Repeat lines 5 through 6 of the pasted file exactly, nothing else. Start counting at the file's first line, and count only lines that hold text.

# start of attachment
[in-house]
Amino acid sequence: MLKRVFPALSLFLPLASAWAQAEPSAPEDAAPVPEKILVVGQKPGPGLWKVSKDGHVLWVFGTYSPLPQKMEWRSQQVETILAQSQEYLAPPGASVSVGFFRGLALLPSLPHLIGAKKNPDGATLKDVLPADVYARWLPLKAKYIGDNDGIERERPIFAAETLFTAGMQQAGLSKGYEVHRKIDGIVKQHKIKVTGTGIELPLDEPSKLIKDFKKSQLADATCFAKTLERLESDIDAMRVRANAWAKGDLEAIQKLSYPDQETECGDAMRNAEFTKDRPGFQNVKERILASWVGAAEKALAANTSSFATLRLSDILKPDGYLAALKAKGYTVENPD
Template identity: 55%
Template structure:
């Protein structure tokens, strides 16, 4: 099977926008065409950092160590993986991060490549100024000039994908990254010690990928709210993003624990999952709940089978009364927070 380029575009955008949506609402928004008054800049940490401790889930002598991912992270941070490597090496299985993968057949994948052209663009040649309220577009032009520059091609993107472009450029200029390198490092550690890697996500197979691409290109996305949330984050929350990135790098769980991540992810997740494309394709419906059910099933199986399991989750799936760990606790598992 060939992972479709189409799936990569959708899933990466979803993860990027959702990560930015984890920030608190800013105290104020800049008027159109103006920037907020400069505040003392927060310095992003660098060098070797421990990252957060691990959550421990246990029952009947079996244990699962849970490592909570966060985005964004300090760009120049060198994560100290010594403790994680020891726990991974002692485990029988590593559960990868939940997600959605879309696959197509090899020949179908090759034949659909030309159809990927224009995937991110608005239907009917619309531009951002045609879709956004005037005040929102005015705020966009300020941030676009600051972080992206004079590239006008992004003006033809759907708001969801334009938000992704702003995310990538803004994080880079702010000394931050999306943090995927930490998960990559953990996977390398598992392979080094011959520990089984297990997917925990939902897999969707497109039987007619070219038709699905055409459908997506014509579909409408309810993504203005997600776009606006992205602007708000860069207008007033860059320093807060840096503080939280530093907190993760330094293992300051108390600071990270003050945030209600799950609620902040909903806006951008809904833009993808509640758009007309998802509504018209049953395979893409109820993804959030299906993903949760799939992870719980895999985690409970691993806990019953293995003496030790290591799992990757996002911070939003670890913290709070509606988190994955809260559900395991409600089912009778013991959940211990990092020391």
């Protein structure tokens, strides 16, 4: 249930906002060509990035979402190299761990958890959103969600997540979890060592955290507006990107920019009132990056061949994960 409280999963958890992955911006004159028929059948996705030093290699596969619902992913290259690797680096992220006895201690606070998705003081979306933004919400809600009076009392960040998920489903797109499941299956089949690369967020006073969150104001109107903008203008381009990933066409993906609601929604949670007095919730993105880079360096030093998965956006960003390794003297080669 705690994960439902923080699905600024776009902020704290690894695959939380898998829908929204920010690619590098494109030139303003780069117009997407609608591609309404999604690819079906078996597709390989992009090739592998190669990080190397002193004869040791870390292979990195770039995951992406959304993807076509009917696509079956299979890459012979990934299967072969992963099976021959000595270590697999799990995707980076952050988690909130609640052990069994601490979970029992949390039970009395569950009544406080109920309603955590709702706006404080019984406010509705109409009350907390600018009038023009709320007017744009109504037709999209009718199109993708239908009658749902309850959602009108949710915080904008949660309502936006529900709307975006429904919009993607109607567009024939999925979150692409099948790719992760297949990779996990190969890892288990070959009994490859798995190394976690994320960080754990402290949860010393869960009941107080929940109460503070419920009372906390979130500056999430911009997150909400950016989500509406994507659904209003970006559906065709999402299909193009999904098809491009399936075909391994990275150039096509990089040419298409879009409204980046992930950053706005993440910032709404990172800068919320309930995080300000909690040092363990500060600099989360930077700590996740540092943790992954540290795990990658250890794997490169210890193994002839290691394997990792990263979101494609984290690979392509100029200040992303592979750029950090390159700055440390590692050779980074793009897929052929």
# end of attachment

């Protein structure tokens, strides 16, 4: 099977926008065409950092160590993986991060490549100024000039994908990254010690990928709210993003624990999952709940089978009364927070 380029575009955008949506609402928004008054800049940490401790889930002598991912992270941070490597090496299985993968057949994948052209663009040649309220577009032009520059091609993107472009450029200029390198490092550690890697996500197979691409290109996305949330984050929350990135790098769980991540992810997740494309394709419906059910099933199986399991989750799936760990606790598992 060939992972479709189409799936990569959708899933990466979803993860990027959702990560930015984890920030608190800013105290104020800049008027159109103006920037907020400069505040003392927060310095992003660098060098070797421990990252957060691990959550421990246990029952009947079996244990699962849970490592909570966060985005964004300090760009120049060198994560100290010594403790994680020891726990991974002692485990029988590593559960990868939940997600959605879309696959197509090899020949179908090759034949659909030309159809990927224009995937991110608005239907009917619309531009951002045609879709956004005037005040929102005015705020966009300020941030676009600051972080992206004079590239006008992004003006033809759907708001969801334009938000992704702003995310990538803004994080880079702010000394931050999306943090995927930490998960990559953990996977390398598992392979080094011959520990089984297990997917925990939902897999969707497109039987007619070219038709699905055409459908997506014509579909409408309810993504203005997600776009606006992205602007708000860069207008007033860059320093807060840096503080939280530093907190993760330094293992300051108390600071990270003050945030209600799950609620902040909903806006951008809904833009993808509640758009007309998802509504018209049953395979893409109820993804959030299906993903949760799939992870719980895999985690409970691993806990019953293995003496030790290591799992990757996002911070939003670890913290709070509606988190994955809260559900395991409600089912009778013991959940211990990092020391």
């Protein structure tokens, strides 16, 4: 249930906002060509990035979402190299761990958890959103969600997540979890060592955290507006990107920019009132990056061949994960 409280999963958890992955911006004159028929059948996705030093290699596969619902992913290259690797680096992220006895201690606070998705003081979306933004919400809600009076009392960040998920489903797109499941299956089949690369967020006073969150104001109107903008203008381009990933066409993906609601929604949670007095919730993105880079360096030093998965956006960003390794003297080669 705690994960439902923080699905600024776009902020704290690894695959939380898998829908929204920010690619590098494109030139303003780069117009997407609608591609309404999604690819079906078996597709390989992009090739592998190669990080190397002193004869040791870390292979990195770039995951992406959304993807076509009917696509079956299979890459012979990934299967072969992963099976021959000595270590697999799990995707980076952050988690909130609640052990069994601490979970029992949390039970009395569950009544406080109920309603955590709702706006404080019984406010509705109409009350907390600018009038023009709320007017744009109504037709999209009718199109993708239908009658749902309850959602009108949710915080904008949660309502936006529900709307975006429904919009993607109607567009024939999925979150692409099948790719992760297949990779996990190969890892288990070959009994490859798995190394976690994320960080754990402290949860010393869960009941107080929940109460503070419920009372906390979130500056999430911009997150909400950016989500509406994507659904209003970006559906065709999402299909193009999904098809491009399936075909391994990275150039096509990089040419298409879009409204980046992930950053706005993440910032709404990172800068919320309930995080300000909690040092363990500060600099989360930077700590996740540092943790992954540290795990990658250890794997490169210890193994002839290691394997990792990263979101494609984290690979392509100029200040992303592979750029950090390159700055440390590692050779980074793009897929052929």